Attention procrastinators: If you don't think you're going to be able to file your federal tax return by the end of the night Wednesday, you may be able to get an automatic six month extension, and the Rockstar CPA wants to help.
Chicago may be among the top 10 cities whose residents are regularly behind in filing their federal income tax returns, but filing for an extention can keep the tax man at bay for six months.
Anyone with two minutes to spare or a basic tax question is welcome to stop by Alliance Bakery, at 1736 W. Divison St., from 10 a.m. to 10 p.m. on Tuesday, or Small Bar, at 2042 W. Division St. from noon until midnight on Wednesday to electronically file for an extension. During downtimes, questions submitted via the company Web site or Twitter will be answered on a first-come, first-served basis.
With just a name, address, and a Social Security number, most taxpayers will qualify for an extension, which provides extra time to file, but not extra time to pay.
The Rockstar CPA was founded by Martin Kamenski, a young entrepreneur who is doing his best to bring financial management to the artists of the creative and entertainment industries. He can speak of both worlds. Involved in both theater and accounting as an undergraduate at Marquette University, he started work at a large accounting firm before branching out on his own with Rockstar CPA.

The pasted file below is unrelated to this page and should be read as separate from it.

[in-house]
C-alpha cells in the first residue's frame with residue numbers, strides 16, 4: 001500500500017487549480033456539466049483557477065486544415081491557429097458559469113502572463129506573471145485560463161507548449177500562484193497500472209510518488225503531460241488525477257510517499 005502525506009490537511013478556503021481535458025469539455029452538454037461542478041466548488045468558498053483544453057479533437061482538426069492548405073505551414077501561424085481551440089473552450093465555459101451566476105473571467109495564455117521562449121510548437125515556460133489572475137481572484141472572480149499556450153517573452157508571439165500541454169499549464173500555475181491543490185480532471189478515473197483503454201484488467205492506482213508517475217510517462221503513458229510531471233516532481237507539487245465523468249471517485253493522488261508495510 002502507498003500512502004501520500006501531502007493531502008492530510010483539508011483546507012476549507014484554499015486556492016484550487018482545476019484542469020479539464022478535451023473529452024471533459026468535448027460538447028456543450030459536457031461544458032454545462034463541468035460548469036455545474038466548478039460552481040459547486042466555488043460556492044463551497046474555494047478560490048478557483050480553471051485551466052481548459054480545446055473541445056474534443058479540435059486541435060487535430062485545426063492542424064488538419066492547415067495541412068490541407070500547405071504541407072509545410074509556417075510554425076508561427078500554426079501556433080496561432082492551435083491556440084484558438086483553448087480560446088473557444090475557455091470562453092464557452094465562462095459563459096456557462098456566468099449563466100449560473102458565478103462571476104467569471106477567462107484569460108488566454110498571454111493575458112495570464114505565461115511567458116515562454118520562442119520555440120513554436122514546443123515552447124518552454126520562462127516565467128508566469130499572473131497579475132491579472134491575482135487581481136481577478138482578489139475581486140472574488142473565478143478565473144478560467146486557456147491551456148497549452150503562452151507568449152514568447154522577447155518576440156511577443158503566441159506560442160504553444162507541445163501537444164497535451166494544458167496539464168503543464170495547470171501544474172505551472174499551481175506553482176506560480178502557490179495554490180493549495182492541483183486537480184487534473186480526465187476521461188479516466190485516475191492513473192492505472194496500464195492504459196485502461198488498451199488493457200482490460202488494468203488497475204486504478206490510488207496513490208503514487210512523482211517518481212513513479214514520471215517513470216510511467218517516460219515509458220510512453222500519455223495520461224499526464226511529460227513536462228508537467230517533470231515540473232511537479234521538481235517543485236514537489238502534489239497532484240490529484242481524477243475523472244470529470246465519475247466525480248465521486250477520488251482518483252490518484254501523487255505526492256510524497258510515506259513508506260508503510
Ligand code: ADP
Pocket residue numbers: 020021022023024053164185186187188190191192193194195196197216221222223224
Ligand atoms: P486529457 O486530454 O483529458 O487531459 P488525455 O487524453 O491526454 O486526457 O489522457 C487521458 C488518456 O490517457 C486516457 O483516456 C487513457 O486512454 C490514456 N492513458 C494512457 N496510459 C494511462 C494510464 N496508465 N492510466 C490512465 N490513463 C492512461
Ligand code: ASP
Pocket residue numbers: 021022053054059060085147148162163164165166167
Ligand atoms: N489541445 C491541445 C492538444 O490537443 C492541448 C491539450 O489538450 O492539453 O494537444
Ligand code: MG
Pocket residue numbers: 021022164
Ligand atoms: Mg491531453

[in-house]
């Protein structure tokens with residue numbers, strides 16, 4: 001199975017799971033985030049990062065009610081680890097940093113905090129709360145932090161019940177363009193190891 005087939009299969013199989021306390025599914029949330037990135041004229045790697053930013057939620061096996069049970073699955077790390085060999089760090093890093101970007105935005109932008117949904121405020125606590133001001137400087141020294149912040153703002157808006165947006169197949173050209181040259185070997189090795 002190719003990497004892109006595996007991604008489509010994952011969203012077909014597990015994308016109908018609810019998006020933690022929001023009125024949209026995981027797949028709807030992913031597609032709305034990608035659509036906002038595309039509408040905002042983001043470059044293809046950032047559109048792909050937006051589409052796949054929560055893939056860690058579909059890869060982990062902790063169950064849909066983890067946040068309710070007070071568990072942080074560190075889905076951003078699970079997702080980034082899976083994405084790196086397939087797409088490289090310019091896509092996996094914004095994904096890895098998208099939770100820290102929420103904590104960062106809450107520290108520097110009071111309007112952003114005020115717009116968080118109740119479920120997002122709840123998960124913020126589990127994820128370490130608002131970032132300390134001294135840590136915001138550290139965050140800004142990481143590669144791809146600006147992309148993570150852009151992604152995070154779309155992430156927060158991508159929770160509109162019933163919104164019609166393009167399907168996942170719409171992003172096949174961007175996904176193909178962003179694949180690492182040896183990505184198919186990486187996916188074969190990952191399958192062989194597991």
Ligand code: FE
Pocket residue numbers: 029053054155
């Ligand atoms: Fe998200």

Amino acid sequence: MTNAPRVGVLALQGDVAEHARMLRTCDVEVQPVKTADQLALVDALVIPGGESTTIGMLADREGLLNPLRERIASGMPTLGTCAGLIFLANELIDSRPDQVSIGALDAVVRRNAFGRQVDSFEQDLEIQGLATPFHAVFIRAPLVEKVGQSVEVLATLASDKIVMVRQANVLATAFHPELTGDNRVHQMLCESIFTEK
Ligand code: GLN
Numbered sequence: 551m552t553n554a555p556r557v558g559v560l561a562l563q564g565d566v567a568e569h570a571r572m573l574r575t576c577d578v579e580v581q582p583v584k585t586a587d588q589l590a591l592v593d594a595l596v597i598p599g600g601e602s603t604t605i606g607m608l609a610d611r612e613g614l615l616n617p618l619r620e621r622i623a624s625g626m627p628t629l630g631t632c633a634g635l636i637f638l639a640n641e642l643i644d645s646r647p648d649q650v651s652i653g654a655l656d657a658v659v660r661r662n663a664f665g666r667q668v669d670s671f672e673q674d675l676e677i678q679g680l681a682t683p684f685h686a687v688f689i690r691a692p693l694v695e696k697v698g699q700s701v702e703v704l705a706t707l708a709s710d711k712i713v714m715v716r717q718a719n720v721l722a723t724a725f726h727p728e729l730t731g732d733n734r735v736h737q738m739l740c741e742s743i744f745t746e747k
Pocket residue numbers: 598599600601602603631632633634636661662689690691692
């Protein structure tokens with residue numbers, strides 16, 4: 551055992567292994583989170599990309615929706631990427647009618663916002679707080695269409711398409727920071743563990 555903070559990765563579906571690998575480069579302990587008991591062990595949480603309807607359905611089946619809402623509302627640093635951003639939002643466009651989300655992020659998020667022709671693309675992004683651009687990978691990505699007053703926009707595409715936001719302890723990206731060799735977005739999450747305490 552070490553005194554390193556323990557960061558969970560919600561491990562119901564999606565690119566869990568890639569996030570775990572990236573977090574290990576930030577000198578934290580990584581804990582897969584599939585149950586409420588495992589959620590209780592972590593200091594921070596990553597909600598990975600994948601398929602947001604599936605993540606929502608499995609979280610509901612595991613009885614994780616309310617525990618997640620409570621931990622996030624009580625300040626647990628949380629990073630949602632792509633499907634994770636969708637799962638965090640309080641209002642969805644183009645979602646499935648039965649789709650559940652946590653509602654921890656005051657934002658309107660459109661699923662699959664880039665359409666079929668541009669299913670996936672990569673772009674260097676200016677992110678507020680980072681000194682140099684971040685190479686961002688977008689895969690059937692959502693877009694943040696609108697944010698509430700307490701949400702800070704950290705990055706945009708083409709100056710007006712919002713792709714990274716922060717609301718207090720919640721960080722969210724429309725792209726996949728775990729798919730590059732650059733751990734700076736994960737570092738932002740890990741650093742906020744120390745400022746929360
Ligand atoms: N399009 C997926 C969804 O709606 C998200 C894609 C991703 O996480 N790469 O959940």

He brought the company to Chicago three years ago and has seen the client base for the firm triple every year.
About 85 percent of the firm's clients are involved in the entertainment and theater industry; graphic designers, film producers, directors dancers, and actors of stage and film. It's a client base that Kamenski says was in need of attention.
"They have very unique situations and very unique lifestyles that -- none of them have your typical 9 to 5 day job with a regular paycheck and taxes taken out along the way, and they often don't have a lot of money, so I think that's a big reason why the market was underserved for quite a while."
Those "unique situations," Kamenski said, include the tools of the trade and deductions which may be overlooked by an accountant who doesn't understand the lifestyle.
"Somebody that works a desk job in an office can't necessarily deduct the makeup they buy at the corner store, but you get an actor who's making their money by putting that makeup on, there's a completely different story."
Tues., April 14:
1736 W. Divison St.
10 a.m. to 10 p.m.
Wed., April 15:
2042 W. Division St.
12 p.m. to 11:59 p.m.